JUPITER’S LEGACY #2

This is a comic event that has accumulated more intrigue than it has excitement. Millar and Quitely have taken a new and daring route into the world of super-heroes by creating tales which have been shaped by shakespearian tragedy and greek mythology… The question on everyone’s lips is, “will the finished product be as epic as it’s theme?”

It seems to me to be a slow start, but this may be a clever use of suspensful build up on Millar’s part, he is after all an acclaimed comic-book writer. And to squash all these misconcepted comparison’s to the man of steel, any similarities to superman and his stories are simply skin-deep. Jupiter’s legacy is in a league of it’s own just as much as other works from Millar. Now that we’ve cleared that up we can crack on with reviewing #2 in the saga.

jupiter's legacy #2

The cover art on this particular copy is stunning, as super-villain Hutch is sat laid back in the pub surrounded by unconscious customers the power rod is clearly a massive part of the story as it rests in an empty beer glass, it is also the focal point of the comics-cover. The dialogue balloons are definitely a unique touch as their pointers stretch that bit further than the usual which is actually very pleasing to the eye, it goes to show just how important the little things really are! The Utopian’s teen super-hero kids are deeply troubled, and in this issue you will see just to what extent. I’m not going to give anything away as it is all well worth the read. The lack of sfx is a shame as the epic-quality of the storyline does kind of call out for some loud lettering, then again there are other scenes where the silence is deafening, after all no one can hear you scream deep beneath the surface of the ocean when you’re being ripped apart by great white sharks!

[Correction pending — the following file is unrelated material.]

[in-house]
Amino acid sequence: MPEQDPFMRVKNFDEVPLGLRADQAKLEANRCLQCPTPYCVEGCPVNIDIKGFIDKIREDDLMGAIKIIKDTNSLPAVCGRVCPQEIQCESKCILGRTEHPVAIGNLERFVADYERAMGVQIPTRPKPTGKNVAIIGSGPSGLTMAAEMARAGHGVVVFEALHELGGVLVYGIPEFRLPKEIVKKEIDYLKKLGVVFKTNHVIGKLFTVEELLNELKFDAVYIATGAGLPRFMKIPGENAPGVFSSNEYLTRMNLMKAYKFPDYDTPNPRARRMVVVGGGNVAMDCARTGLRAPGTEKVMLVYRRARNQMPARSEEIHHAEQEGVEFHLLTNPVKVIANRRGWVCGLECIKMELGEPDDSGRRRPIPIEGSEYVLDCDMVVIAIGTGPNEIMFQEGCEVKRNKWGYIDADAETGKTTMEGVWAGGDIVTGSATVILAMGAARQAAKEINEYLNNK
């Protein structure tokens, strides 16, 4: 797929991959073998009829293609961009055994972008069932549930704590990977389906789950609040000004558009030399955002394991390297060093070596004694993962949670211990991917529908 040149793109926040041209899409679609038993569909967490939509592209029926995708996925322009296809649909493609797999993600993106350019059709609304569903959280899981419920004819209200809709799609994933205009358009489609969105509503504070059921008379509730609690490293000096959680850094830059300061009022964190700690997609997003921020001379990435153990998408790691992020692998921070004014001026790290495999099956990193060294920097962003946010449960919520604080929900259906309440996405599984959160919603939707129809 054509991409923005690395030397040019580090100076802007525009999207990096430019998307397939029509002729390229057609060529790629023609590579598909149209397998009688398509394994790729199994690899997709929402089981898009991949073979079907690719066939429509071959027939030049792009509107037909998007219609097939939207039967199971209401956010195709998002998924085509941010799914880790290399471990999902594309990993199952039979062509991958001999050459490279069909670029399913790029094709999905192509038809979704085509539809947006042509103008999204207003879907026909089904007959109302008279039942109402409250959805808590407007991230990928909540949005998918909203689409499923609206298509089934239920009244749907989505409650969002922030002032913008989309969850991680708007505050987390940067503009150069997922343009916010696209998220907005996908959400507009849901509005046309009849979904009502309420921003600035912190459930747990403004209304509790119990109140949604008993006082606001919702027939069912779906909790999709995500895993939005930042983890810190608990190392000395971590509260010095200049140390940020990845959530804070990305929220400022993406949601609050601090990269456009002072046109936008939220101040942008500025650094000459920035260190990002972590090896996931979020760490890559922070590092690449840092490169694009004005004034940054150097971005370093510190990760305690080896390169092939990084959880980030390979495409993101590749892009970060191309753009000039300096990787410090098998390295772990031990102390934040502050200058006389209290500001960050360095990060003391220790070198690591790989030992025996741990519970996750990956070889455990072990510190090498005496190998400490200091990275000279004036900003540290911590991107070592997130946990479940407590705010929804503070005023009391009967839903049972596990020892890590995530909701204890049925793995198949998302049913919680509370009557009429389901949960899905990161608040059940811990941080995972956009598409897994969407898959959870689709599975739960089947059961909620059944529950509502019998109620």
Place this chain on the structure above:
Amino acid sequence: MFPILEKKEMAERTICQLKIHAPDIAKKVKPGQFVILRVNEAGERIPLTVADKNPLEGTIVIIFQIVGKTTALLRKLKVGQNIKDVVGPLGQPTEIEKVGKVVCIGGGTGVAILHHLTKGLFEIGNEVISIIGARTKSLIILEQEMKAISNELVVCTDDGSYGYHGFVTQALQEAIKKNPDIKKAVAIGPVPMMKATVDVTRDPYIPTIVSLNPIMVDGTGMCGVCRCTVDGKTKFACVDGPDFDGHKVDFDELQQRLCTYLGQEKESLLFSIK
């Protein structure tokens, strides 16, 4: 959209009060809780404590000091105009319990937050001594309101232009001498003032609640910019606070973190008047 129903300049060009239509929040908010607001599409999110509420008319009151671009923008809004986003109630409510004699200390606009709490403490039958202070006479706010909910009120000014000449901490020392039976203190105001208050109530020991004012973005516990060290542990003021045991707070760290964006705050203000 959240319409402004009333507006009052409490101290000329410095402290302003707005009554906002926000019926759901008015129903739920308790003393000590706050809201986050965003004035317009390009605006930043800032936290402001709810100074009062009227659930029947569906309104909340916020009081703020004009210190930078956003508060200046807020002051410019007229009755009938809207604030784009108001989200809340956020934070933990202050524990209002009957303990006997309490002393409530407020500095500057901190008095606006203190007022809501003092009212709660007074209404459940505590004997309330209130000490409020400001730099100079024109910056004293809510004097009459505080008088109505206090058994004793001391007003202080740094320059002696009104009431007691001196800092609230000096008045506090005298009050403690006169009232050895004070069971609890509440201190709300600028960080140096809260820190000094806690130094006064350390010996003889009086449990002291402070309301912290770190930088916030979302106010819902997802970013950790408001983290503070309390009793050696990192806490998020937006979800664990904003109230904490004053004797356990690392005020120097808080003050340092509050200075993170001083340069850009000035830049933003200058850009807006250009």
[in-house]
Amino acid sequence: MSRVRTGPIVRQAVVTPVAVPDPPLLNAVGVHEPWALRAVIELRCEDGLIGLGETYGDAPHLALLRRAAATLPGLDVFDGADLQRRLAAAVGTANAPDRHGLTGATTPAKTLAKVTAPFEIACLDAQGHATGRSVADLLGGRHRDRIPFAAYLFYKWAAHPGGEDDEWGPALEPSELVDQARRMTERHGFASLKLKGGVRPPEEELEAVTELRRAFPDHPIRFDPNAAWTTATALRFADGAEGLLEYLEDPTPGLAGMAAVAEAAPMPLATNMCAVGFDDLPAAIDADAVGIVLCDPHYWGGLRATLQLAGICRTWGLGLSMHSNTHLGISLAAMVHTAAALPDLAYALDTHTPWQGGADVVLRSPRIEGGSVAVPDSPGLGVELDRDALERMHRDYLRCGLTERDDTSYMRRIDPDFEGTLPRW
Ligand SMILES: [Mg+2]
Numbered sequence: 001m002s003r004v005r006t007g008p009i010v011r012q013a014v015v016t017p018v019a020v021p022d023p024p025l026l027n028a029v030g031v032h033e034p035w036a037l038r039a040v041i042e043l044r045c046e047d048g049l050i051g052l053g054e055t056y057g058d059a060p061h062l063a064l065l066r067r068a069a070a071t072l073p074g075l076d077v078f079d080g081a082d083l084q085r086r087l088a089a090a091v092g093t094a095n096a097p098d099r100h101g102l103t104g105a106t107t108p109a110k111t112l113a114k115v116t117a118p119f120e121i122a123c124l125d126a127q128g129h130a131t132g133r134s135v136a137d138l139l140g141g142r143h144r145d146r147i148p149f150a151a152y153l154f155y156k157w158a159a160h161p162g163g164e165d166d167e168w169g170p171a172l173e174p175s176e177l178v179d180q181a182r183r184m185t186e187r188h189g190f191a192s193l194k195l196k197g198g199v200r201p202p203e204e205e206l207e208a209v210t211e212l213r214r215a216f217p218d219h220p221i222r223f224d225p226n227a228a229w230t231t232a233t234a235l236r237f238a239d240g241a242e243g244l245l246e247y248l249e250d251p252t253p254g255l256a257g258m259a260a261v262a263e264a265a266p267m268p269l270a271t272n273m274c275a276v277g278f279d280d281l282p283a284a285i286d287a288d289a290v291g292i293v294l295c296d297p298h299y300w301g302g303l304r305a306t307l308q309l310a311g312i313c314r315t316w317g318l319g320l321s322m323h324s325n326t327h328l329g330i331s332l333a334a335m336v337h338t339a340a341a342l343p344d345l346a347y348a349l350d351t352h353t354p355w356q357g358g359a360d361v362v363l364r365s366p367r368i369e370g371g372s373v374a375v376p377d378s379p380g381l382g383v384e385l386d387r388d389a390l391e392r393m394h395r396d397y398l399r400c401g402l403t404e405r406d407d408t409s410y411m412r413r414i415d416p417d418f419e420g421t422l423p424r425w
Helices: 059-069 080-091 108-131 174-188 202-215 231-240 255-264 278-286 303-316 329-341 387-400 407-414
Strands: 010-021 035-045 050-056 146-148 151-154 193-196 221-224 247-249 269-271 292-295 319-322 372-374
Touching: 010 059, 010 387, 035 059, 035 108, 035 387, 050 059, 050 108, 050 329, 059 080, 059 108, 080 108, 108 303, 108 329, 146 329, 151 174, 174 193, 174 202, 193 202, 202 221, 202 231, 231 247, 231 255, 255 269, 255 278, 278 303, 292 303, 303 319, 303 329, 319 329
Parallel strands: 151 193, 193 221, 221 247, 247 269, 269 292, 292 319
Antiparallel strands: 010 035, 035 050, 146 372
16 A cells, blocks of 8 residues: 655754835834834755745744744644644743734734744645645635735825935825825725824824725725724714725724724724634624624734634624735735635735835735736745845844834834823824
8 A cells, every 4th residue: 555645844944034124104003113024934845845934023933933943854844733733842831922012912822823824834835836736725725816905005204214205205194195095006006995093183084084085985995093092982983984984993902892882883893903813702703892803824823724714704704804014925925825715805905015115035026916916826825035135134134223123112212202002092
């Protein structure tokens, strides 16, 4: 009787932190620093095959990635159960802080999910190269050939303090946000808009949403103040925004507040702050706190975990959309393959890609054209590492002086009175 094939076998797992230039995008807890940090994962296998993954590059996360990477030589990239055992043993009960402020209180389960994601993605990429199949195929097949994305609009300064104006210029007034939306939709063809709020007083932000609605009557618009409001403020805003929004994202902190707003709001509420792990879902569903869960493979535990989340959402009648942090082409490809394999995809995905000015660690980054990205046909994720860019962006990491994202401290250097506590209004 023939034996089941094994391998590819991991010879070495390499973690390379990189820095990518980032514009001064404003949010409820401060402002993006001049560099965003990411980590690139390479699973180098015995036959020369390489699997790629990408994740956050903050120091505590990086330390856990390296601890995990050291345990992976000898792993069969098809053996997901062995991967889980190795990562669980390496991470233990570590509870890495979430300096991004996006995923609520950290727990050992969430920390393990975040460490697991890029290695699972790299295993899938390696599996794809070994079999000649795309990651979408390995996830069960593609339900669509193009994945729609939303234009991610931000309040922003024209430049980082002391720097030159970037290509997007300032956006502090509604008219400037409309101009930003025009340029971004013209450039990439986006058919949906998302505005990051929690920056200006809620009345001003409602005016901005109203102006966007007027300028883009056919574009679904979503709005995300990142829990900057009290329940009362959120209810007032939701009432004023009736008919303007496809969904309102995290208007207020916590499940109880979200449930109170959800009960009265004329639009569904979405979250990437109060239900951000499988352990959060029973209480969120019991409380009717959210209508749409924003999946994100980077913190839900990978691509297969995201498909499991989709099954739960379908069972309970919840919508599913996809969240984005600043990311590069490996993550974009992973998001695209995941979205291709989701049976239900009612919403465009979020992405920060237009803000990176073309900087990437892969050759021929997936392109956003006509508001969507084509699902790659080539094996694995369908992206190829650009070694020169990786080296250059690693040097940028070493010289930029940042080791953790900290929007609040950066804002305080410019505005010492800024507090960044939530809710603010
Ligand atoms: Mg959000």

Frank Quitely is a fantastic artist but his art is of an aquired taste. He expresses Millar’s vision in a barely passable fashion, and I believe this is due to his characters lacking the depth and brilliance that they deserve in a comic of this magnitude.

By Dylan Butcher. 😀

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